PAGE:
Presentation Title

The Effects of COVID-19 on Substance Use Behaviors at UVM

Project Collaborators

Dr. William Copeland (Research Advisor)

Abstract

The effect of COVID-19 on college students is unique. Many US college and university students were vacated from their campus residences as their institutions switched to remote instruction. Previously published literature cites the negative mental health effects in college students that COVID-19 has provided. Exacerbation of mental health is known to be a risk factor in substance use disorder (SUD). We used survey data from a subsample of a large, ongoing longitudinal study that examines student wellness and substance use at the University of Vermont (WE) (n=675) to study the potential effects of COVID-19 on substance use behaviors. We hypothesized that there would be a difference in substance use behaviors pre and during the COVID-19 pandemic. The nature of this continuous study allows for the baseline to be measured before the COVID-19 pandemic while minimizing time-related reporting biases. We found statistically significant decreases in overall marijuana and liquor use along with significant interaction effects of gender, socioeconomic status, and wellness program status on tobacco use. We were surprised that SUD rates decreased in the face of the Pandemic, leading to the question of the role that living on campus plays on the rates of SUD in college-aged students.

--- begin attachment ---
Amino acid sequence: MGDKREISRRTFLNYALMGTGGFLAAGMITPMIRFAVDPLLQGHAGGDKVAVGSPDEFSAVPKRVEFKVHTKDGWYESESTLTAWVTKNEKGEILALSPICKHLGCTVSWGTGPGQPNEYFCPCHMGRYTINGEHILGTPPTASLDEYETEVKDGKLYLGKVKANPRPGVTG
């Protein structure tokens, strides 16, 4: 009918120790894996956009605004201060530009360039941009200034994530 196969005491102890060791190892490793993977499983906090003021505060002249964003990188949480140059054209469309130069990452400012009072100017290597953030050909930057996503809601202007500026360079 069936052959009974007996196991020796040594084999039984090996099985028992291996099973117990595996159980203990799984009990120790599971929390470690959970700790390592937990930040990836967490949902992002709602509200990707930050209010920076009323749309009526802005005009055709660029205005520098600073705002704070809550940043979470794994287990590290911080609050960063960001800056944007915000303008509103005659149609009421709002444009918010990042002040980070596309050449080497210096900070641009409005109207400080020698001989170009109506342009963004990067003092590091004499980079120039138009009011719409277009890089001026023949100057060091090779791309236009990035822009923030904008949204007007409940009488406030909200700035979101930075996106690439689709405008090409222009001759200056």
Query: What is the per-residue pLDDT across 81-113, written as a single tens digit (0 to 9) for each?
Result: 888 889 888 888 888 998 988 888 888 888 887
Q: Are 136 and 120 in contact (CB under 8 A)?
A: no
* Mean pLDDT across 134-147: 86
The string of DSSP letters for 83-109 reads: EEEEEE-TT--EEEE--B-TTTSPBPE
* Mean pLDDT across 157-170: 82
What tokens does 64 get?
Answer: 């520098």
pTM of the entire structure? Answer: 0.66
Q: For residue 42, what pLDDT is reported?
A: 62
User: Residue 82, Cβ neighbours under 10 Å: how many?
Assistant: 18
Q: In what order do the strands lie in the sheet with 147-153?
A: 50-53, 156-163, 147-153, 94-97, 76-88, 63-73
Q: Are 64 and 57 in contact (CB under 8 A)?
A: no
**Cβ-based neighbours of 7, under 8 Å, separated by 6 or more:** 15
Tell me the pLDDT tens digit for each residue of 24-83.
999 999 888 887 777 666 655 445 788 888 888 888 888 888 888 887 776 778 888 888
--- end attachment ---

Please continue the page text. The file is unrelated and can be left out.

Primary Faculty Mentor Name

Dr. William Copeland

Status

Undergraduate

Student College

College of Arts and Sciences

Program/Major

Neuroscience

Primary Research Category

Biological Sciences

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The Effects of COVID-19 on Substance Use Behaviors at UVM

The effect of COVID-19 on college students is unique. Many US college and university students were vacated from their campus residences as their institutions switched to remote instruction. Previously published literature cites the negative mental health effects in college students that COVID-19 has provided. Exacerbation of mental health is known to be a risk factor in substance use disorder (SUD). We used survey data from a subsample of a large, ongoing longitudinal study that examines student wellness and substance use at the University of Vermont (WE) (n=675) to study the potential effects of COVID-19 on substance use behaviors. We hypothesized that there would be a difference in substance use behaviors pre and during the COVID-19 pandemic. The nature of this continuous study allows for the baseline to be measured before the COVID-19 pandemic while minimizing time-related reporting biases. We found statistically significant decreases in overall marijuana and liquor use along with significant interaction effects of gender, socioeconomic status, and wellness program status on tobacco use. We were surprised that SUD rates decreased in the face of the Pandemic, leading to the question of the role that living on campus plays on the rates of SUD in college-aged students.